Parkland Survivors meet Local Anti-Violence Advocates and March Through Forest Houses

Parkland Survivors meet Local Anti-Violence Advocates and March Through Forest Houses
by David Greene

A handful of Parkland, Florida student-survivors spent a day meeting with local elected officials and joined Bronx anti-violence demonstrators as they marched through the NYCHA’s Forest Houses complex– the event was part of the Parkland High School survivors 25 state, 80 city tour of the “March for Our Lives, Road to Change,” national tour that kicked off in Chicago in June.

The youngest members of Bronx anti-violence organization Save Our Street’s hold up signs as surviving students of Parkland, Florida visit the Bronx.–Photo by David Greene

The dozen or so teens were greeted by local officials Assemblyman Michael Blake, Bronx District Attorney Darcel Clark and Rebecca Fisher, Executive director of New Yorker’s Against Gun Violence outside of the Beatstro Restaurant on Alexander Avenue on Friday, August 10.

The students began their crusade to end gun violence after their school, the Marjory Stoneman Douglas High School in Parkland, Florida, suffered an “active shooter” incident, where the gunman killed 17 students and teachers and wounded 17 others back on February 14.

Assemblyman Michael Blake of the 79th Assembly District and organizer of the Bronx visit, stated, “This is a wonderful day for all of us and for everything that’s been happening for our Parkland champions. We want them to know, we have your back and we support you.” Blake added, “We know that we have had our challenges and struggles over the years, but we’ve made great progress here in the Bronx.”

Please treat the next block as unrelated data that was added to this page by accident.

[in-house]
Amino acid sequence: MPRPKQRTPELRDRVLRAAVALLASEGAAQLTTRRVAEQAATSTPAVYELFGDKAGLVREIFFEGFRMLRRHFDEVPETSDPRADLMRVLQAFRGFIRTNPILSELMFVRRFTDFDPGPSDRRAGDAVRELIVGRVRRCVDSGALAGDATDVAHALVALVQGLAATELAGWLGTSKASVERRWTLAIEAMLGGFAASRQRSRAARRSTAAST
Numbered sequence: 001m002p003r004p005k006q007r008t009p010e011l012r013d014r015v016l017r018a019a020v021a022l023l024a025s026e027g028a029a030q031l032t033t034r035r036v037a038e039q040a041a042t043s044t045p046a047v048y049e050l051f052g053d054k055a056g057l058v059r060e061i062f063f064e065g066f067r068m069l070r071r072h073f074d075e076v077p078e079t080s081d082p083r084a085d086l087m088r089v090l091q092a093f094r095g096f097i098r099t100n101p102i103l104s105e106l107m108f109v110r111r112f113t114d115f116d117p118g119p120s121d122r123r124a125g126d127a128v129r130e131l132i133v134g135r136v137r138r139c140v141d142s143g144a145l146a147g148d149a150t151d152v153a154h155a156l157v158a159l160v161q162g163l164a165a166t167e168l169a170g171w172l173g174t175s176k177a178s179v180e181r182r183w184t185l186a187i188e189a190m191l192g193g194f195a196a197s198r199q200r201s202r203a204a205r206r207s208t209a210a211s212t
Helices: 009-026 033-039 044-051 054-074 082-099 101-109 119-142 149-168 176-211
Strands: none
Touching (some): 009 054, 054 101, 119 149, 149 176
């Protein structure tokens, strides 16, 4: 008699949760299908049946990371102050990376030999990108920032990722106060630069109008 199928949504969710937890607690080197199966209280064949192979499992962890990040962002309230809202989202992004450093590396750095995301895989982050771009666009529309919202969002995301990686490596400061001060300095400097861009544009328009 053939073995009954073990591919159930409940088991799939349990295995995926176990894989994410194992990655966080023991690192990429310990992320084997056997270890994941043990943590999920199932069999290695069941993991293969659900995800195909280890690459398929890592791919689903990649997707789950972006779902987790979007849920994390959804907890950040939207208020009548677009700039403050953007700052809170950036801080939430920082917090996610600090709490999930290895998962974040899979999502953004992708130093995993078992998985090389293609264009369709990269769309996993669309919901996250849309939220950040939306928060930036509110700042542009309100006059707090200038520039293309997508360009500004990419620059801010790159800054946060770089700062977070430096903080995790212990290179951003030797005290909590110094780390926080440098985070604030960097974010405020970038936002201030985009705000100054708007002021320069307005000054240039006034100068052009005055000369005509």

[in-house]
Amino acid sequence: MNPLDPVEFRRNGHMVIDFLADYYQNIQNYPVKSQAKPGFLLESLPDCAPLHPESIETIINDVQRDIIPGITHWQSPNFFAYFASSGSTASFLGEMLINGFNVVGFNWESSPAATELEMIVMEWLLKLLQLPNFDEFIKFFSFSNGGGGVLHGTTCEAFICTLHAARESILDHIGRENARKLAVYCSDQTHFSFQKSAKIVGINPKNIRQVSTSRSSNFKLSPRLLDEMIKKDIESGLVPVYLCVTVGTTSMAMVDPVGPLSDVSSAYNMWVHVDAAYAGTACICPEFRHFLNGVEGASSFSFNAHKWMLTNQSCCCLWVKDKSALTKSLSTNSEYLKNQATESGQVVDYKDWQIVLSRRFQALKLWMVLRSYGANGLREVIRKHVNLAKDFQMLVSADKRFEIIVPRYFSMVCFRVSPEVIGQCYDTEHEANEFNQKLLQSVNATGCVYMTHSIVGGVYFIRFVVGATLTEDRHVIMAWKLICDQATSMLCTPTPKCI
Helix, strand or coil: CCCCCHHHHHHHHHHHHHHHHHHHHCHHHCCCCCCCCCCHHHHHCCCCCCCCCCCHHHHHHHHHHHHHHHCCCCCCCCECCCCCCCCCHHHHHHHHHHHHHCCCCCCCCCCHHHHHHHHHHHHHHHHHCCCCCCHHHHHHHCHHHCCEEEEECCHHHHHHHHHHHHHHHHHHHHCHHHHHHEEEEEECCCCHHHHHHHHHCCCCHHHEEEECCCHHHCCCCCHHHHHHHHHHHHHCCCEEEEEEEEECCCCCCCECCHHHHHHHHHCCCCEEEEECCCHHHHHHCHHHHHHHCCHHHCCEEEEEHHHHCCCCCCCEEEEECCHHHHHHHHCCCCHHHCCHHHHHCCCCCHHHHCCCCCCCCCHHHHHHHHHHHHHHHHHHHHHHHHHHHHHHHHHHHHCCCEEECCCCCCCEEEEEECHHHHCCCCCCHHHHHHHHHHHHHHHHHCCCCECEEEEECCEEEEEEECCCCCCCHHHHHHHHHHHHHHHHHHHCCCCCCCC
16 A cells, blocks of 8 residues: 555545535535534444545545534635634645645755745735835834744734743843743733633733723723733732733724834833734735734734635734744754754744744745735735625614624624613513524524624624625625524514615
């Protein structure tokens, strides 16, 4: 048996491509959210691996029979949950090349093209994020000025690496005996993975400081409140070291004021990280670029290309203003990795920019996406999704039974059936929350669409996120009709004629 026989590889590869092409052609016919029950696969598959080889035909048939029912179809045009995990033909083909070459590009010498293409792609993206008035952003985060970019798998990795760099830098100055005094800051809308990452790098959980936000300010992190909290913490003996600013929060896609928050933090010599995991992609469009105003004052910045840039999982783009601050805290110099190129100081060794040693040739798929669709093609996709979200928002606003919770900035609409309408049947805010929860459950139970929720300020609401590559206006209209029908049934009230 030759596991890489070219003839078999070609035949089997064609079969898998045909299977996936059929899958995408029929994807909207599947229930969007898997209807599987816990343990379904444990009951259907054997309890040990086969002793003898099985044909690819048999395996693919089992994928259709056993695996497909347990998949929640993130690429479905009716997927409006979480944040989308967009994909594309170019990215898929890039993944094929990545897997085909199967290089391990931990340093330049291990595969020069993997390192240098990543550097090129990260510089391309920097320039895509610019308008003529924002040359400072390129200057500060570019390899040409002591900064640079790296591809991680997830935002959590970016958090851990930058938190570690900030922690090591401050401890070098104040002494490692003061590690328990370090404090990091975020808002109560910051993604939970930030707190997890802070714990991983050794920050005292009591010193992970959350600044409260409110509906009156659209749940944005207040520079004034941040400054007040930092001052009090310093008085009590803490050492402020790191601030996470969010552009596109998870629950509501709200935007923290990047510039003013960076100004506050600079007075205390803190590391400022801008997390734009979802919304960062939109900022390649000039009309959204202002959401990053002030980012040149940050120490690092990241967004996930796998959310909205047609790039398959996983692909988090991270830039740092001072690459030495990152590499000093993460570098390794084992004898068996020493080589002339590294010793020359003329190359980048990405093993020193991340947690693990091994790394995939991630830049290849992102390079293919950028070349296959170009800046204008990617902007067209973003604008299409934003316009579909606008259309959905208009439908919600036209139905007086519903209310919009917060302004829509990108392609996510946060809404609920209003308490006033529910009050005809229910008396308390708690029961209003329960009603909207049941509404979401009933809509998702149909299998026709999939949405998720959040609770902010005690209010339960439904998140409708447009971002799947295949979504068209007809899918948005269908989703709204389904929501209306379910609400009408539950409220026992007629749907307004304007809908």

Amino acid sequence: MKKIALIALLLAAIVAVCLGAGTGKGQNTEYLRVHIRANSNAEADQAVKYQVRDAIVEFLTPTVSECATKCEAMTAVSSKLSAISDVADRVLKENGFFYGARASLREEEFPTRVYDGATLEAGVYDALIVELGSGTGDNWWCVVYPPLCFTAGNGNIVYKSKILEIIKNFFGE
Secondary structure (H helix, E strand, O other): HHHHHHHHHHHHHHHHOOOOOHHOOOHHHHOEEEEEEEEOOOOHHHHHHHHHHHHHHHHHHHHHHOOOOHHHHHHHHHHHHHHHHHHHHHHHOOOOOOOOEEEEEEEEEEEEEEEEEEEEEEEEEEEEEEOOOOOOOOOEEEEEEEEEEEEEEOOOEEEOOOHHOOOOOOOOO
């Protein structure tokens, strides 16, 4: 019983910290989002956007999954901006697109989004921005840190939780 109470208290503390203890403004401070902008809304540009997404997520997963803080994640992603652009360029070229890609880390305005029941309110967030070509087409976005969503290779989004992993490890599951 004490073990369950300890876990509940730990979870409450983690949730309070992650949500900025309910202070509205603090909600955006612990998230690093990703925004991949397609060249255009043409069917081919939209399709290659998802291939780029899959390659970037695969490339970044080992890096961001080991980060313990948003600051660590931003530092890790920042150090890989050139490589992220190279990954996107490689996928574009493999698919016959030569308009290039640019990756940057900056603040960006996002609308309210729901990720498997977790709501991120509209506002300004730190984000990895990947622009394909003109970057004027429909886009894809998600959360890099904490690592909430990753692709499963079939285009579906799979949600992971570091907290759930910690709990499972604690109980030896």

Bronx Assemblyman Michael Blake addresses gun activists from Parkland, Florida and Bronx teens from Save Our Streets.–Photo by David Greene

Parkland survivor David Hogg, 18, a founding member of the March for our Lives movement, told a handful of reporters, ” We started this with the understanding that all communities are affected differently by gun violence.”

Hogg continued, “All of us are here today to work together to end the suffering in all communities, we have an understanding that violence does not discriminate. It is not a white, black, Latino, Asian or Native American issue, violence is a human issue and it is a human disease, that can and will be treated with love and compassion and we will defeat it.”

“Today we’re here in the Bronx, “Hogg continued, “with the understanding that its not Parkland, and we know that. We know this place is affected differently and all places are affected differently by gun violence.”

Hogg added, “We’re all affected by gun violence, but we all can listen and learn from our shared experiences in suffering… and work together to fix that.”

Deputy Borough President Marika Scott McFadden, greeted the students by telling them, “I just wanted to say welcome to the students who are here today. They are here and we are welcoming them because we know that anything that happens traditionally from the youth, its the movement of young people that historically has pulled the meat on out of issues.”

McFadded added, “We feel that the Bronx is an example of change and that the city can look too, that the country can look too, but we also have stories here in the Bronx that were still working on issues.”